- Associated Press - Saturday, June 25, 2016

BOULDER, Colo. (AP) - Students and businesses are stepping in to give the historic Highlandlake church just outside of Mead the fresh coat of paint it needs. a fresh coat of paint and

Preservationists recruited Mead High School football players to help get the job done this summer and make the short trek to unincorporated Weld County where the town of Highlandlake used to sit, the Daily Camera reported (https://bit.ly/28QJ7Wx).

The community, which lost its official town designation when the U.S. Post Office there closed in 1913, has rallied around the historic church in recent years.

The church has no congregation but hosts weddings and other events as the last remaining public building from the town’s heyday, said Pauli Driver-Smith, executive director of Historic Highlandlake, a nonprofit preservation group.

Driver-Smith, who moved to Highlandlake from Longmont in 1987, estimated that some 40 people live in the area today. She said it used to be a popular summer getaway for residents of Denver and Longmont.

“You move to Highlandlake and within days you fall in love with this church building,” Driver-Smith said. “There’s just something about it I can’t really explain. There’s a feeling of peace. If we lose this building in Highlandlake, we lose our identity as a community. We’re just going to be a wide spot in the road.”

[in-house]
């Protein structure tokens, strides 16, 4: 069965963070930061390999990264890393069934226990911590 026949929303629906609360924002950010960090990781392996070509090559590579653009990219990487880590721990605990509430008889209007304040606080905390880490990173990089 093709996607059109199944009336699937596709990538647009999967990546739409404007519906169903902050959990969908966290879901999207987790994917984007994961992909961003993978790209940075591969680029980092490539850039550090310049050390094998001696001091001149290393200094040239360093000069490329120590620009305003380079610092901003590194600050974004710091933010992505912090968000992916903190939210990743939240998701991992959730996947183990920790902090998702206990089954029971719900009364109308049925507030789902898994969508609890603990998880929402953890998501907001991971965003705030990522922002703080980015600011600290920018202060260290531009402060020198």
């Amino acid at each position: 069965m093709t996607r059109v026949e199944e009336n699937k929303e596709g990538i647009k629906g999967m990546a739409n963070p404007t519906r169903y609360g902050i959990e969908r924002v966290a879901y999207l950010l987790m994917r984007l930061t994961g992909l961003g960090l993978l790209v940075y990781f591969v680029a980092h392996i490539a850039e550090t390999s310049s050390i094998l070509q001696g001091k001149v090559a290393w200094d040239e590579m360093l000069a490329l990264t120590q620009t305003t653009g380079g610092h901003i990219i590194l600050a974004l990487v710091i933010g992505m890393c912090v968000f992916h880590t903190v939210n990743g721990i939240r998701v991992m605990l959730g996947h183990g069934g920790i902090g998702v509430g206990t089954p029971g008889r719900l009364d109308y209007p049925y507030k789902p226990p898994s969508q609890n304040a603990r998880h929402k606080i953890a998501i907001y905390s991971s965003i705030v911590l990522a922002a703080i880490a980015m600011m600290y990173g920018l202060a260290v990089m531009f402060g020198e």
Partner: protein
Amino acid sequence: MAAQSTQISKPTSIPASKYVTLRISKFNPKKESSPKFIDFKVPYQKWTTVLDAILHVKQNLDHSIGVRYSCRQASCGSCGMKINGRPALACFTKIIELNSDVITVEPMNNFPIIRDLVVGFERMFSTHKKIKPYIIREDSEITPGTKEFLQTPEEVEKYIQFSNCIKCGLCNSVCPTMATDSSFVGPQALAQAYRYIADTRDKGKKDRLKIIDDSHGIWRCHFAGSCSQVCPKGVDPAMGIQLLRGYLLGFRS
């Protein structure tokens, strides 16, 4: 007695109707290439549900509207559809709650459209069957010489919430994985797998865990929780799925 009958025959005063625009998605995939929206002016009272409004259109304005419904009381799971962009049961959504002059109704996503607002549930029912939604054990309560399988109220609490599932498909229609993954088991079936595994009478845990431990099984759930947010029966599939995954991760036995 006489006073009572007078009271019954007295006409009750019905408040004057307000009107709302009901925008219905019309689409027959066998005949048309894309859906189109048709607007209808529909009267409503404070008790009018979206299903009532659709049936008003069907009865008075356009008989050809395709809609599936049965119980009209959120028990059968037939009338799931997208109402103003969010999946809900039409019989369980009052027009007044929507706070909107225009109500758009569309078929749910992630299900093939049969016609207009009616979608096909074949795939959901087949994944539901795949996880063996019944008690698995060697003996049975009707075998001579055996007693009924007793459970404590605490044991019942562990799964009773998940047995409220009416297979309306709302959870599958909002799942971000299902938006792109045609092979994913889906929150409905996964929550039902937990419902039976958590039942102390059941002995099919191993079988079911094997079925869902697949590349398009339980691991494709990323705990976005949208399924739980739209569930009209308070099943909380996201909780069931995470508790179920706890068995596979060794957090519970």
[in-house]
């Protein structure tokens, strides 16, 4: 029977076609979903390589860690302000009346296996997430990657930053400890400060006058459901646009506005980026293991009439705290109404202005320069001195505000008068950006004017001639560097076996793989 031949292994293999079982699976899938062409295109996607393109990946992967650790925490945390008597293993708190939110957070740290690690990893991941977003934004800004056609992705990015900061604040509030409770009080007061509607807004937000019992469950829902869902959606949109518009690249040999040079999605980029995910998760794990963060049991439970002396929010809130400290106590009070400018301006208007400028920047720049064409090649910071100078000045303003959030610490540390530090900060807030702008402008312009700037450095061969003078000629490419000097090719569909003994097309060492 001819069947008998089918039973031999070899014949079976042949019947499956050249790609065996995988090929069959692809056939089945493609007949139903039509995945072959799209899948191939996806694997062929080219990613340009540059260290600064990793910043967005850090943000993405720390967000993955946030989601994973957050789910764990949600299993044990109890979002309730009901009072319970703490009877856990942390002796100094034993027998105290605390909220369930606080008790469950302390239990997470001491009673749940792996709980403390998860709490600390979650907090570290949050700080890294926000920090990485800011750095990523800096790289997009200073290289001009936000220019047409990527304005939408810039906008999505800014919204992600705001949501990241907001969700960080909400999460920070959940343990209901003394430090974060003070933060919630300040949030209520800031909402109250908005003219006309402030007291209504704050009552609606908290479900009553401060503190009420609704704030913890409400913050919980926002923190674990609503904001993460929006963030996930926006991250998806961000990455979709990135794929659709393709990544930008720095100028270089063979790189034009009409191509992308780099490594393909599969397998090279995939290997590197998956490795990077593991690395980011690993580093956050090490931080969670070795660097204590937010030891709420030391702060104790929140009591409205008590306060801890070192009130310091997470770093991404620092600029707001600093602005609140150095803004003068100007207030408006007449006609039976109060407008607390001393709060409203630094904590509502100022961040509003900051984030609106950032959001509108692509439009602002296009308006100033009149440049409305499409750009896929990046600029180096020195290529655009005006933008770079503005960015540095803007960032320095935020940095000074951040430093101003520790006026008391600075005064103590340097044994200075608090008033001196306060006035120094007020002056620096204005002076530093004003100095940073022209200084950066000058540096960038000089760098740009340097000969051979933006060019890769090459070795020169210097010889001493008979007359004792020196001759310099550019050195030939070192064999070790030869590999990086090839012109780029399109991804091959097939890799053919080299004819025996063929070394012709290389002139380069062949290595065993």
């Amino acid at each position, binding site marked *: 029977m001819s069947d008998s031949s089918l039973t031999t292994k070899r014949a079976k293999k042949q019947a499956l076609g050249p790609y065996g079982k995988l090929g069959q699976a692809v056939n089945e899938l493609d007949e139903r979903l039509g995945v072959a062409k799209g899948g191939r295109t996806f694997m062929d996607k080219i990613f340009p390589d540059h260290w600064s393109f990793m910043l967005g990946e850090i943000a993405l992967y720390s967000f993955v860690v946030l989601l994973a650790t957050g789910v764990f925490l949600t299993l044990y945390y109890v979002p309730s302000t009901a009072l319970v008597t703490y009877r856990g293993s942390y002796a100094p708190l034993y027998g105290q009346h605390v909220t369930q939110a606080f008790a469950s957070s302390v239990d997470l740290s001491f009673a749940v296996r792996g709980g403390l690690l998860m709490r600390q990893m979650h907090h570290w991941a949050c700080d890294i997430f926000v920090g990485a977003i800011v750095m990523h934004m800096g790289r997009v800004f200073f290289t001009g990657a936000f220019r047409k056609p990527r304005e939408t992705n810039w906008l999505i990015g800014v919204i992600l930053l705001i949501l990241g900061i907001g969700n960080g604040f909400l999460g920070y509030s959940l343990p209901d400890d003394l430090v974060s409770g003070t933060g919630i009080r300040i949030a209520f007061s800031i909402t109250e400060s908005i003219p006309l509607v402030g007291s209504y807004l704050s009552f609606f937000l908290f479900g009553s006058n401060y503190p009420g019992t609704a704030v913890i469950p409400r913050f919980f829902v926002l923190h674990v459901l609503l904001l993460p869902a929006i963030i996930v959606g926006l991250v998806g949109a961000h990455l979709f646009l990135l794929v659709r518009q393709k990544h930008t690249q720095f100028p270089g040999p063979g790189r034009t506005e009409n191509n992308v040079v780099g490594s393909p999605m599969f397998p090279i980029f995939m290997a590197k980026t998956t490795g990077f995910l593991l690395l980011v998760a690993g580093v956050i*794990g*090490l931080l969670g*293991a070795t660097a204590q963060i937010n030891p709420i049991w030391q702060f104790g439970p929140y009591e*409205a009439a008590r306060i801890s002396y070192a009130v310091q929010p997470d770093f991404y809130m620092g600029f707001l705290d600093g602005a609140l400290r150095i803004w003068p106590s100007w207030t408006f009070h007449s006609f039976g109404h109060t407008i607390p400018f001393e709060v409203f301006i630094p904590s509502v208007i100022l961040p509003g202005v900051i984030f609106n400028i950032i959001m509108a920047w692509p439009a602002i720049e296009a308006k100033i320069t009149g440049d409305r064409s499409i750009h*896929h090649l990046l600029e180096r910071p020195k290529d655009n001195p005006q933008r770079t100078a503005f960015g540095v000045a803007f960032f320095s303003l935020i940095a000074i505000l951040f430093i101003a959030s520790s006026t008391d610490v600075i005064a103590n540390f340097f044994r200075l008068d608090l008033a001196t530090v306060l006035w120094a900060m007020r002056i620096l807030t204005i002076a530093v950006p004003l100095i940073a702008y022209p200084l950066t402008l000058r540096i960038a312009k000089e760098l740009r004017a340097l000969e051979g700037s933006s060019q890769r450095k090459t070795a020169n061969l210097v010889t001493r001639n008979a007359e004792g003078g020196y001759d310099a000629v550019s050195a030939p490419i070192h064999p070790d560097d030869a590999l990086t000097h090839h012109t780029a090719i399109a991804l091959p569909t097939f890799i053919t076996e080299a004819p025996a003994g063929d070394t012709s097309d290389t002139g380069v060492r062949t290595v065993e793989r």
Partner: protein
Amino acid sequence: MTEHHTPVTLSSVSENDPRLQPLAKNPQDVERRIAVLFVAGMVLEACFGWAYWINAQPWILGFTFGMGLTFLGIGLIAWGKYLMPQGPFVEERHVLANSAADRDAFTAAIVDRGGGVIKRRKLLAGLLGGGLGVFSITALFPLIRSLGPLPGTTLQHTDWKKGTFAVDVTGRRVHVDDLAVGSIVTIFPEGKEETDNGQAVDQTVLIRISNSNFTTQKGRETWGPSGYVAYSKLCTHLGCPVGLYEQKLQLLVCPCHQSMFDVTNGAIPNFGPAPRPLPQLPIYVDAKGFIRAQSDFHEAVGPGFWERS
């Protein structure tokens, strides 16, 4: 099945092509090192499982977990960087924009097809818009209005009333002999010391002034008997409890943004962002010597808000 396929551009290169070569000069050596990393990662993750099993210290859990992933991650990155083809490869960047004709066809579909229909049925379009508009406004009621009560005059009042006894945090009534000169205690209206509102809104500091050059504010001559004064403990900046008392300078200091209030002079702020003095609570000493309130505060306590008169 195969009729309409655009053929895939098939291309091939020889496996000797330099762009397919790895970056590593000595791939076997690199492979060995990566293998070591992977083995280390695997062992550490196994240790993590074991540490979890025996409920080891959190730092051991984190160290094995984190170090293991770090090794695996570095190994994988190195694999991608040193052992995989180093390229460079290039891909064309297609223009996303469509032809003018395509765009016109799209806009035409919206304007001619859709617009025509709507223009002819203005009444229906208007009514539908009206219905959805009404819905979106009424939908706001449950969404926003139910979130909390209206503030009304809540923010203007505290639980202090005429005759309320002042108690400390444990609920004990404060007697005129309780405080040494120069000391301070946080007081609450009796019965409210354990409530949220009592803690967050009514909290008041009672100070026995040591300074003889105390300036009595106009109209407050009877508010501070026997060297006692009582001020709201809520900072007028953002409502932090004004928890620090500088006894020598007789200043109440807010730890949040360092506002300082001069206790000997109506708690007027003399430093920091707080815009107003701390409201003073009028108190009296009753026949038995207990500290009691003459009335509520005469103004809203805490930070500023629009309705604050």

The historic preservation group did a full restoration of the church from 2005 to 2007, but, like any structure, it needs regular maintenance.

A number of local businesses are donating goods and services to help bring down the cost of painting the building and two outhouses, including Romeo’s Quality Painting and Benjamin Moore. The total cost to the nonprofit will be about $4,500, Driver-Smith said.

Volunteers will paint the church with four colors from the original 1896 palette - gold, two shades of green and blue.

Jason Klatt, football coach at Mead High School, said 75 student-athletes will help out with the painting, as well as some landscaping.

Since coming to Mead four years ago, he’s tried to create a culture of service among the football players. Initially, they were a little skeptical about the relationship between volunteering and football, but now they’ve bought into the idea, Klatt said.

Volunteer days are often some of the students’ best memories of being on the team, he added.

“We believe that playing football at Mead is much more about life lessons than about the game of football,” he said. “And if we can help these guys 10 years down the road, 15 years down the road, then we feel like we’ve made an impact and have been a success in their lives.

“We really are intentional about teaching our kids character lessons that can help them with the game of life.”


Information from: Daily Camera, https://www.dailycamera.com/

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